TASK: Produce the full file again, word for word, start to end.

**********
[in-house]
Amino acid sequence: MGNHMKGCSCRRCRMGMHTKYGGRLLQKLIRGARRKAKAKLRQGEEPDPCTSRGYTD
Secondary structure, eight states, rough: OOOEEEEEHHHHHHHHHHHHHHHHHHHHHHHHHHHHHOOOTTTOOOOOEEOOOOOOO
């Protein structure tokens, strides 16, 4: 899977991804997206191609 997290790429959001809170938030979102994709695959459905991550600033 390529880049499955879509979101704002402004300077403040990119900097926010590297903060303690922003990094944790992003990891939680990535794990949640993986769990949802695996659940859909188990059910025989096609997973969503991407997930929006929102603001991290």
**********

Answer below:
[in-house]
Amino acid sequence: MGNHMKGCSCRRCRMGMHTKYGGRLLQKLIRGARRKAKAKLRQGEEPDPCTSRGYTD
Secondary structure, eight states, rough: OOOEEEEEHHHHHHHHHHHHHHHHHHHHHHHHHHHHHOOOTTTOOOOOEEOOOOOOO
């Protein structure tokens, strides 16, 4: 899977991804997206191609 997290790429959001809170938030979102994709695959459905991550600033 390529880049499955879509979101704002402004300077403040990119900097926010590297903060303690922003990094944790992003990891939680990535794990949640993986769990949802695996659940859909188990059910025989096609997973969503991407997930929006929102603001991290």